When word that the nearby city of Alamut is forging weapons that might jeopardize the peace and stability of the empire, King Sharaman orders Daston and his brothers to launch a preemptive attack. Easily breaching the walls, the invaders find nothing threatening inside; the only item of significance being a curious dagger, a spoil that goes to Daston, the victor.
At the celebration, the King is poisoned by a robe presented to him by Daston forcing the once-favored son into exile. There he joins forces with Alamut’s deposed princess to clear his name. The Princess, though, is only interested in reclaiming the dagger, a mystical blade that can reverse time. Daston’s uncle, Nizam (Ben Kingsley), is interested in it as well. With it, Nizam can go back to the moment when he and Sharaman were boys and an act of unselfish courage cost him the throne.
Prince of Persia is based on the popular video game series and produced by Jerry Bruckheimer whose films have grossed more than $11 billion (yes, “billion”) and include blockbusters like Pearl Harbor and the National Treasure and Pirates of the Caribbean franchises. This one’s entertaining and satisfying though remarkably “unspectacular” – special effects are limited to spider-like wall climbing and elaborate minaret leaps that suggest ancient Persia and the moon have similar gravitational pulls.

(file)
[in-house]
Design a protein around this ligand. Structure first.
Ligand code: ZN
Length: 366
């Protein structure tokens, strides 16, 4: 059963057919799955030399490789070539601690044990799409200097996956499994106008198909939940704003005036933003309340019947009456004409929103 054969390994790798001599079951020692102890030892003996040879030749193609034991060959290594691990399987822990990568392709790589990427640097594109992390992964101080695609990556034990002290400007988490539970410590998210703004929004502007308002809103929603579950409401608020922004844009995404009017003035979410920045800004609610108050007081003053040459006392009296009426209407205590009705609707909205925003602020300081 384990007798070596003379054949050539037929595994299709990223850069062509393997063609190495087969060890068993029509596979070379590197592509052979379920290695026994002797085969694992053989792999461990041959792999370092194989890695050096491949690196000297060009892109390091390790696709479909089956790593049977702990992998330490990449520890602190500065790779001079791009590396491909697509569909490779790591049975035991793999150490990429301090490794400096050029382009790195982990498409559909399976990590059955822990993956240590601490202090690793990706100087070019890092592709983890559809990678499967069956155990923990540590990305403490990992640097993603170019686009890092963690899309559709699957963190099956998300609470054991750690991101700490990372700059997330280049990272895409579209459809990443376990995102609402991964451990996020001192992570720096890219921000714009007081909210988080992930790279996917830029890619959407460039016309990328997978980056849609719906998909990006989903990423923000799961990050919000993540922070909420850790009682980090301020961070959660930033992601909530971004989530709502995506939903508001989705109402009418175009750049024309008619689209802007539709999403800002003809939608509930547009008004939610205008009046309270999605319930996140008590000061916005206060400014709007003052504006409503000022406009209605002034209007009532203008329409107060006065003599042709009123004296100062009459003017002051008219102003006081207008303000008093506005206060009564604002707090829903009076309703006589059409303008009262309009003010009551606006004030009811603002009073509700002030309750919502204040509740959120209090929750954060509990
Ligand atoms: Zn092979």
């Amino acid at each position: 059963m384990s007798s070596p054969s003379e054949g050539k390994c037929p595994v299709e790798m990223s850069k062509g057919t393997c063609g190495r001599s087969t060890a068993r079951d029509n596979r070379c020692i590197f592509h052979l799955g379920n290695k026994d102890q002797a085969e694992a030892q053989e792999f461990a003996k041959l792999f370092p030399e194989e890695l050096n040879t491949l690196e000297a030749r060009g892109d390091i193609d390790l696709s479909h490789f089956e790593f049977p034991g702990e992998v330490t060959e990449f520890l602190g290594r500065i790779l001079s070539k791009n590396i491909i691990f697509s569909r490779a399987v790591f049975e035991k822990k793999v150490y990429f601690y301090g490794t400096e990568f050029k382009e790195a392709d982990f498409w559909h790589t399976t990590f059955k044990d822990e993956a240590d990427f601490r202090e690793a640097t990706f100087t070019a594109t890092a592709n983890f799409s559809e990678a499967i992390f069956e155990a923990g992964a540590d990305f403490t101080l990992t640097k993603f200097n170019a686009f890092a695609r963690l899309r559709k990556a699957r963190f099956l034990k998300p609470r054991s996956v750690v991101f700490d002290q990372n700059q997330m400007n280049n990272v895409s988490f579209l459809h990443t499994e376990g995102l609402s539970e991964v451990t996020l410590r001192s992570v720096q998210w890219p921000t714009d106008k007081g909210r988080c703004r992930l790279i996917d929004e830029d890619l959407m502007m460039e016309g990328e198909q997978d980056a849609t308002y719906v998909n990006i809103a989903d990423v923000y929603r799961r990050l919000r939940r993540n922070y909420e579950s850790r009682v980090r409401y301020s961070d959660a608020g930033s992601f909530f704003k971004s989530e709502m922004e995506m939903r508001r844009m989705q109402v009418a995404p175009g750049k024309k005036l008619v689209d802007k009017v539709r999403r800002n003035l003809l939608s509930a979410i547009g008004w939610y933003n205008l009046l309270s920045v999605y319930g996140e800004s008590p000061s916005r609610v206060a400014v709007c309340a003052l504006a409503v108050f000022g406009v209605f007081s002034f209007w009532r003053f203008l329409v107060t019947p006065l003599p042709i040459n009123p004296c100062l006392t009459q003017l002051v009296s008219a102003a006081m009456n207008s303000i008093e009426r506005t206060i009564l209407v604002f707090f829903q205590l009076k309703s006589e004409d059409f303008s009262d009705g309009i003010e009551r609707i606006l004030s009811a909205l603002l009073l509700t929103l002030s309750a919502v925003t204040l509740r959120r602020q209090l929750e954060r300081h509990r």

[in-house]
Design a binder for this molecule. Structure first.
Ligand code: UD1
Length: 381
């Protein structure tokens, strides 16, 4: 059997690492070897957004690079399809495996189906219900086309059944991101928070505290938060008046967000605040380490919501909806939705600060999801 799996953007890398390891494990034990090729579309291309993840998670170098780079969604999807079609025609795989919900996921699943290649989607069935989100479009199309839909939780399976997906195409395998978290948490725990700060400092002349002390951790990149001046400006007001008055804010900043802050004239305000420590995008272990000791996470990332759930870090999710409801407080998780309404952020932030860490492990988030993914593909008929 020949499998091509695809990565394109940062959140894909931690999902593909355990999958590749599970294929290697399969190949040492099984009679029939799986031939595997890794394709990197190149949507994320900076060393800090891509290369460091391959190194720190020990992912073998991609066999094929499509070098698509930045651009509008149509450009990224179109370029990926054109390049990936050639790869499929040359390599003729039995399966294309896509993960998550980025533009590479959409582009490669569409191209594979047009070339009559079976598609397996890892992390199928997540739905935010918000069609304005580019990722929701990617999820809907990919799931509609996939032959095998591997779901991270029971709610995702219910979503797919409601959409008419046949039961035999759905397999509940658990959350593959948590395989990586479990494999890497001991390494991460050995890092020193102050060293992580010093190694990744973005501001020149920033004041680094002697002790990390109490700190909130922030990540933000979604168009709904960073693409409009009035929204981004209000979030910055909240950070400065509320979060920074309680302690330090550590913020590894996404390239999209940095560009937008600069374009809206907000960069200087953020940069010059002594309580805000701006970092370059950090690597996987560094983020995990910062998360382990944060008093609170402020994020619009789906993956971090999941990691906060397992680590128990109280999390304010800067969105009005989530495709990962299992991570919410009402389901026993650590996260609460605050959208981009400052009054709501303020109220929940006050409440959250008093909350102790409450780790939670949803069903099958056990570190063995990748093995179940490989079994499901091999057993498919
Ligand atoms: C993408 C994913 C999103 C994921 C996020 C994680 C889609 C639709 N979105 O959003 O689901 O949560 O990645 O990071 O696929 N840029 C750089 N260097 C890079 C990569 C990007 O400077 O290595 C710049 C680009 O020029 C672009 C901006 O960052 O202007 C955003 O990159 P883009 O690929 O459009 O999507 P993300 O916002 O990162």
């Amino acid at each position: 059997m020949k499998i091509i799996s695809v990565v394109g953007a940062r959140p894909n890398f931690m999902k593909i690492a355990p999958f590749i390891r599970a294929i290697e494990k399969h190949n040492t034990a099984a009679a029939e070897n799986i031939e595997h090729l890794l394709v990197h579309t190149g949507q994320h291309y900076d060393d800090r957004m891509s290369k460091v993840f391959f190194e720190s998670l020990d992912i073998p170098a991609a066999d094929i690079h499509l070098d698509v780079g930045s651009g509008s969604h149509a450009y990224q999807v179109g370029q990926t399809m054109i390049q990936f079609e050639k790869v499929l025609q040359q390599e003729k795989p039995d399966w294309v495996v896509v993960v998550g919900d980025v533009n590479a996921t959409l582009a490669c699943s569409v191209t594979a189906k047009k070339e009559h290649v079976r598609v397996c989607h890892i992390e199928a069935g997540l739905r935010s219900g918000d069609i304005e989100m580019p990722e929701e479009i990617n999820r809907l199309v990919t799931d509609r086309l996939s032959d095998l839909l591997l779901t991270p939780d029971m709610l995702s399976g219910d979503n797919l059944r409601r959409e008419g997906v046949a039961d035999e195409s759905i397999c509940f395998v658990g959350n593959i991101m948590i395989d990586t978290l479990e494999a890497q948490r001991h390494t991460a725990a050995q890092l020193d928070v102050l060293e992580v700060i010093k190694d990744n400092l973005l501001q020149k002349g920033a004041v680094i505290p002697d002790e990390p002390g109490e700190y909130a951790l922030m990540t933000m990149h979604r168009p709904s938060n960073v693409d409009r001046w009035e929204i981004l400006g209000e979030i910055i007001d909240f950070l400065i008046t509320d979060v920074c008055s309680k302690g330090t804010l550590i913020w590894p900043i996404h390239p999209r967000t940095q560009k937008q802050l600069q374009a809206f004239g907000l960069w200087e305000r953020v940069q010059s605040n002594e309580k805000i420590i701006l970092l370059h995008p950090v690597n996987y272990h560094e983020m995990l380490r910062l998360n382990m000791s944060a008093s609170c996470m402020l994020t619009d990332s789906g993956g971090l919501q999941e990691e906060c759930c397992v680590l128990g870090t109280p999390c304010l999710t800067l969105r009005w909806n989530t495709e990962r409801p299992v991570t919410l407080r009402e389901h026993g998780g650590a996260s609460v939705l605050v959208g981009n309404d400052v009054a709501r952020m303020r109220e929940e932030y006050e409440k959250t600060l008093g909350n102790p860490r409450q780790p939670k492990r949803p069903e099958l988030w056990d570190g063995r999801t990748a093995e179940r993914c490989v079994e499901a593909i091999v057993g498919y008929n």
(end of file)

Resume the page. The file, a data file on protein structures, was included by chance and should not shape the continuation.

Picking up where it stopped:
Thankfully, CGI is just plays a supporting role. The real stars are Kingsley, who makes a wonderful villain, and Gyllenhaal, who is cast as something of a villain himself: a Swede (gasp!) portraying a Persian. [George Lucas drew similar complaints when he cast a London actor, rather than a native Wookiee, to play Chewbacca. People: that’s why it’s called acting!]
At times I found the story unnecessarily partisan, almost to the point of wincing. Alamut is a “peaceful” city, but, according to a hired spy, they are manufacturing high-quality metal for an imminent attack. After the occupation, surprise, the search turns-up no forges, only the bromide, “you have to have more than 'indications' to occupy a holy city.” For comic relief (or to be “Fair and Balanced”) the wonderful Alfred Molina plays Amar, an anti-tax ranting ostrich racer who complains that small businesses have to pay for ridiculous government programs like, I suppose, rug manufacturer bailouts and rope bridges to nowhere.
Ahh, but if you look too deep you’ll miss all the fun. This one, at its core, is precisely what a summer film ought to be: an escapist adventure.
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